Zulip Chat Archive

Stream: new members

Topic: Using dot notation on type aliases

Philipp (Dec 10 2023 at 19:11):

I want to define a type Pos storing x and y coordinates. To keep things simple I just use def Pos := Int × Int.

I can then define functions like

def Pos.valid (pos : Pos) : Bool :=
  pos.1  0 && pos.2  0

But how can I call them?

#eval (0,1).isValid
#eval ((0,1) : Pos).isValid

Results in

invalid field 'isValid', the environment does not contain 'Prod.isValid'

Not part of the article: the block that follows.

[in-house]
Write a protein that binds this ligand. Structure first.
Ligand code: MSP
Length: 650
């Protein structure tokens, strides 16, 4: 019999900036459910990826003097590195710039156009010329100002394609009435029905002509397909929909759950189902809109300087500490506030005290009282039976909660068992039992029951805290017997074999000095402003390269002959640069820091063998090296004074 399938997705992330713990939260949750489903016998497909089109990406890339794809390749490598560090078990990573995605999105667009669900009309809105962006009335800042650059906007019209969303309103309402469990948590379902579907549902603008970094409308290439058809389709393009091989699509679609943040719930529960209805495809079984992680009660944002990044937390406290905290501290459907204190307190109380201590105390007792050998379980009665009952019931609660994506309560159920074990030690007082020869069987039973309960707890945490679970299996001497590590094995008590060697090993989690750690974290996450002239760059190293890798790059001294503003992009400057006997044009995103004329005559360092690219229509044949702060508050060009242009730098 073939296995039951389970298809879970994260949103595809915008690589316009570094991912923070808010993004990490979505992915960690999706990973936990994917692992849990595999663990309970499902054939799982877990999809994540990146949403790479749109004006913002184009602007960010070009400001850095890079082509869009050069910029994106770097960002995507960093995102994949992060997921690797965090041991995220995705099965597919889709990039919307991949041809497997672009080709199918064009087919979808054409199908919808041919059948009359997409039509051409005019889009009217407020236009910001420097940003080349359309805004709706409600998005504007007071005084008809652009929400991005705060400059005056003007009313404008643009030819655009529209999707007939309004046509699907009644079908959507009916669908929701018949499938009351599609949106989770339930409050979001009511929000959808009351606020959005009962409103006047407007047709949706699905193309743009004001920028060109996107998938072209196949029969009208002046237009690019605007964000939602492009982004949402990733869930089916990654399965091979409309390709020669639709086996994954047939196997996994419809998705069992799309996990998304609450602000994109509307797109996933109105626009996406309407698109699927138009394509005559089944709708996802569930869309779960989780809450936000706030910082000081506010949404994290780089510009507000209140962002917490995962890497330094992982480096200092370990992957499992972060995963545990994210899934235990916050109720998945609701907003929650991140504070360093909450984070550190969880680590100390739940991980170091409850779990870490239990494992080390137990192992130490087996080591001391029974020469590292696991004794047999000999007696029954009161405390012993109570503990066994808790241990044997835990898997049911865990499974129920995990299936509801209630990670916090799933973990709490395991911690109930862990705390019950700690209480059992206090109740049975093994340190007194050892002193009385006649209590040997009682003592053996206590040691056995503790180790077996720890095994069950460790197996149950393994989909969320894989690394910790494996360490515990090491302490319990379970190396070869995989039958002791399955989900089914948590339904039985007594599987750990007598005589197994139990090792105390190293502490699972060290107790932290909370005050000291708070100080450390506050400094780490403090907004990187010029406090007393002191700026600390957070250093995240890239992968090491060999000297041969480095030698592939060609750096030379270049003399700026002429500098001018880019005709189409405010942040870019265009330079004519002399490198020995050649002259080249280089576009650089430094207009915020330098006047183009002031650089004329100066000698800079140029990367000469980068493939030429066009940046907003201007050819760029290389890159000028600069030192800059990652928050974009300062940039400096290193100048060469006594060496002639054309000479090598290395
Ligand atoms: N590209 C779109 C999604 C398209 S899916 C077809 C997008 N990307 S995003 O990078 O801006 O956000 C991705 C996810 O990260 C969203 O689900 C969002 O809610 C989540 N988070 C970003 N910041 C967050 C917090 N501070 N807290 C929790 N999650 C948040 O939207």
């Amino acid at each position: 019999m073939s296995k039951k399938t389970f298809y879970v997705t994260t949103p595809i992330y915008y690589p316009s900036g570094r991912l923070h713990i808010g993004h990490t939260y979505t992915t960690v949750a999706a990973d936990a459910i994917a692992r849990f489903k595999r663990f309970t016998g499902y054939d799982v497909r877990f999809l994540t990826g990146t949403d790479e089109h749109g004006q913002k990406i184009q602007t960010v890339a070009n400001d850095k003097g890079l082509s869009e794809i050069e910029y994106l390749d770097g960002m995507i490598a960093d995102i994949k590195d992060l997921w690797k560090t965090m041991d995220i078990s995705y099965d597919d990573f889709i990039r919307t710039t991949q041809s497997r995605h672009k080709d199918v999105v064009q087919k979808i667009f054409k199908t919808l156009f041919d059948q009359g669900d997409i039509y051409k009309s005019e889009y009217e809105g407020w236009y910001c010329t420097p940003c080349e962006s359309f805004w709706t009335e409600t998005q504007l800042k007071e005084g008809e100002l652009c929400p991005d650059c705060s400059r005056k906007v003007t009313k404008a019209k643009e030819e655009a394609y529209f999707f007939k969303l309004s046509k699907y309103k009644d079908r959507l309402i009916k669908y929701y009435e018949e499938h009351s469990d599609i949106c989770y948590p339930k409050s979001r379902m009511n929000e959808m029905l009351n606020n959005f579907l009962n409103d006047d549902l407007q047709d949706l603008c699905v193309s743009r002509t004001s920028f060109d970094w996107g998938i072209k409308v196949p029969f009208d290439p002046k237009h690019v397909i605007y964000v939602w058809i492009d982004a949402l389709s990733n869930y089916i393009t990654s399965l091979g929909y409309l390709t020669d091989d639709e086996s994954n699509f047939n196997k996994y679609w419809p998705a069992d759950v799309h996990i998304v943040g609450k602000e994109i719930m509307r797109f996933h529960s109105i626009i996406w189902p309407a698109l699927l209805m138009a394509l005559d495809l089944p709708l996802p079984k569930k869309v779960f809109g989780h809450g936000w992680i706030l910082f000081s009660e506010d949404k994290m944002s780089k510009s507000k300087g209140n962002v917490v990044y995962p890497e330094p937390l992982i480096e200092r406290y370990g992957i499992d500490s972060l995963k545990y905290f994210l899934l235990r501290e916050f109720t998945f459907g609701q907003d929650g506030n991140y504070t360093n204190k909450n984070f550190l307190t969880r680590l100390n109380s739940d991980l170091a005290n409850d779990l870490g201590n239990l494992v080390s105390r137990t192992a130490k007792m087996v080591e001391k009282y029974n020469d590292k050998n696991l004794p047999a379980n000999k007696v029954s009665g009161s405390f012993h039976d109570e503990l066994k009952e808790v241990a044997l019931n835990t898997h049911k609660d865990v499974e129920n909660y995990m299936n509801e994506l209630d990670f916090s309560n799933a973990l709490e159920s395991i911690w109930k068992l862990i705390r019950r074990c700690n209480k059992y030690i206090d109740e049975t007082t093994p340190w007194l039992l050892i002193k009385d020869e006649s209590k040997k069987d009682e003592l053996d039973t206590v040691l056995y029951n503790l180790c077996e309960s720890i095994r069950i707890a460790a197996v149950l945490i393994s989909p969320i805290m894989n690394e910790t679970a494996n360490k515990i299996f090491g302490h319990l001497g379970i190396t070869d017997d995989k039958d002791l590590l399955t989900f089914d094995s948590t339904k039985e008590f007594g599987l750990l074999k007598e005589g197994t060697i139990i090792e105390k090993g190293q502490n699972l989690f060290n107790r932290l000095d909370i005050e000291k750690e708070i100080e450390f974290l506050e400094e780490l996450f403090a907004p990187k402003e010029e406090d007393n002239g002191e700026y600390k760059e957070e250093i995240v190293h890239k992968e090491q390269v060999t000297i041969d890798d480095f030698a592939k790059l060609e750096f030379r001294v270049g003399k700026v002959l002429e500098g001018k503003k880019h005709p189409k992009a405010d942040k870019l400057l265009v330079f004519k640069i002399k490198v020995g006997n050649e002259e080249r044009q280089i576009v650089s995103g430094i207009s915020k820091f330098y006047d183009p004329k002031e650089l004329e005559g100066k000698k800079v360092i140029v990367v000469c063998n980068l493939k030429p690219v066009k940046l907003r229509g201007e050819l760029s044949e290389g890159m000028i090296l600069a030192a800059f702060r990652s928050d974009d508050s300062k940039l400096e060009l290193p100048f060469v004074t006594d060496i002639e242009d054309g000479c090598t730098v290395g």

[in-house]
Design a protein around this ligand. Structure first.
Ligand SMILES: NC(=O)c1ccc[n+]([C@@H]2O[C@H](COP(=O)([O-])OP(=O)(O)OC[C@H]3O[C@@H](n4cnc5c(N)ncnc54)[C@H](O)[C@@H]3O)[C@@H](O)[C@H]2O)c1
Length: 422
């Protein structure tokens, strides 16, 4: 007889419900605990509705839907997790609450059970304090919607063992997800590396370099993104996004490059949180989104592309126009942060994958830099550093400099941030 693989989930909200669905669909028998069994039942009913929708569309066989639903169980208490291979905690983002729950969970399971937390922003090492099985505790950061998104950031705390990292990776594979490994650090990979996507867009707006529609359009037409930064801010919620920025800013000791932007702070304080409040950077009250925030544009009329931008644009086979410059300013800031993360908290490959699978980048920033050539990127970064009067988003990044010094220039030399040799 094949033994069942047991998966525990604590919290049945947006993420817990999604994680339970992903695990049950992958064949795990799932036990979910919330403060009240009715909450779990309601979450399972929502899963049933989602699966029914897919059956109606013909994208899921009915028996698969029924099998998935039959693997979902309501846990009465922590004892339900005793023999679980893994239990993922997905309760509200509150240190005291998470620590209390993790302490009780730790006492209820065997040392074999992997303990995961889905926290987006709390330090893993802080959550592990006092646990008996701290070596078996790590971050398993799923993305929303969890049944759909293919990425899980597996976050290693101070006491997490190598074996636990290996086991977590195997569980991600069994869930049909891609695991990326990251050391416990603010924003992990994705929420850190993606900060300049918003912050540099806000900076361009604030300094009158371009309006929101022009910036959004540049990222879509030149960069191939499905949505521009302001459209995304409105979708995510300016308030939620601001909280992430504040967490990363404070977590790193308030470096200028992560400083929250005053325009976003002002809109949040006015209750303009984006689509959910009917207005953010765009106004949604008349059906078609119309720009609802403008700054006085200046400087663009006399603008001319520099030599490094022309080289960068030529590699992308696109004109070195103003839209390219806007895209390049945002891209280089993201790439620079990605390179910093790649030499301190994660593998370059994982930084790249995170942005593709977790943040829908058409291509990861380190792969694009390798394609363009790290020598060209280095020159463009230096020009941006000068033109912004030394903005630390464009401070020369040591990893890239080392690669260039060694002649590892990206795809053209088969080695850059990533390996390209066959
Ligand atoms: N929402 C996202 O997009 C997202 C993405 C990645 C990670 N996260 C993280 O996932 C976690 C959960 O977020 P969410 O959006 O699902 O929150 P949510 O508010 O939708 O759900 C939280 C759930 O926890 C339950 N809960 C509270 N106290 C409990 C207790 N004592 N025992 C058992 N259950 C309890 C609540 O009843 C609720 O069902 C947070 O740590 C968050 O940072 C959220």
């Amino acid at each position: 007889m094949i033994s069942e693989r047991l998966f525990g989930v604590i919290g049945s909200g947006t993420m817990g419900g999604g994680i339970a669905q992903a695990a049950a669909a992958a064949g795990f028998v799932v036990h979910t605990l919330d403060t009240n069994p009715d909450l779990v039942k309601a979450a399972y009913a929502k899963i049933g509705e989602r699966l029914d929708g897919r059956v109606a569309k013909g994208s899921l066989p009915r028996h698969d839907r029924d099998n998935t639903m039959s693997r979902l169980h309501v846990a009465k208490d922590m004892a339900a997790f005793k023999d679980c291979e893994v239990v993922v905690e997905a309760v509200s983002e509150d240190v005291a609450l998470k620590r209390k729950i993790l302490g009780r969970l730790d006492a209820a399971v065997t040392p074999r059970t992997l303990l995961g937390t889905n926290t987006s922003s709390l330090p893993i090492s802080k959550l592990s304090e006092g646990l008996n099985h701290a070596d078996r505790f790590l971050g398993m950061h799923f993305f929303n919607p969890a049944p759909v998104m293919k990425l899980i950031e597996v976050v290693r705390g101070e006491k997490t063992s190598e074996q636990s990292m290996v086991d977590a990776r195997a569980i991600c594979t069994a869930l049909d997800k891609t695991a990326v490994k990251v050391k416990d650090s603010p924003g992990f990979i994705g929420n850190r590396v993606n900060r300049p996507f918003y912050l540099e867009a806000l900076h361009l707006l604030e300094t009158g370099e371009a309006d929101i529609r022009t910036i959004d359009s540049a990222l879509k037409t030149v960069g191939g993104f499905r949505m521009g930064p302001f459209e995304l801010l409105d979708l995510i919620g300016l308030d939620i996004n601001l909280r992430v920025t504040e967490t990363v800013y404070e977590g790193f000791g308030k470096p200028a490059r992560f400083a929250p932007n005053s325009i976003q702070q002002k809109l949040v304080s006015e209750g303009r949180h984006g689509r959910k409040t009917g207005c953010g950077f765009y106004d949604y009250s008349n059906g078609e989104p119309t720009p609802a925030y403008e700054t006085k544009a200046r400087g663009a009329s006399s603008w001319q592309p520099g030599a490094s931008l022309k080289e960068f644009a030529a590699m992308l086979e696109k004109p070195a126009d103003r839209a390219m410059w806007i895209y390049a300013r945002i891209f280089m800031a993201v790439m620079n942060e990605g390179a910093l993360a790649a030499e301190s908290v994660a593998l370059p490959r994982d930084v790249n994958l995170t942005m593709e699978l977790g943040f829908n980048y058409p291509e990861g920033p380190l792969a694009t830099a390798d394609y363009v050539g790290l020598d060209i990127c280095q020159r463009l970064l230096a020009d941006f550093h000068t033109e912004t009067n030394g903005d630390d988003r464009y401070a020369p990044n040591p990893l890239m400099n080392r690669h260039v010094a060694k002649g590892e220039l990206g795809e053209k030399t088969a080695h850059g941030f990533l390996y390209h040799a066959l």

(0, 1)
has type
  ?m.6156 × ?m.6164

It works if I introduce a let:

#eval let (p : Pos) := ((0:Int),(1:Int))

but that's not very convenient.

Philipp (Dec 10 2023 at 19:23):

Also, why would Pos not be inhabited? Am I using type aliases completely wrong?

Yaël Dillies (Dec 10 2023 at 19:24):

Yes. Type aliases forget a lot of things about the original type.

Yaël Dillies (Dec 10 2023 at 19:25):

For one, if you want to copy over an existing instance, you should use a deriving clause:

def Pos := Int × Int
deriving Inhabited

Kyle Miller (Dec 10 2023 at 19:28):

If you use abbrev Pos instead of def Pos then all instances and dot notation carry over

Last updated: Dec 20 2023 at 11:08 UTC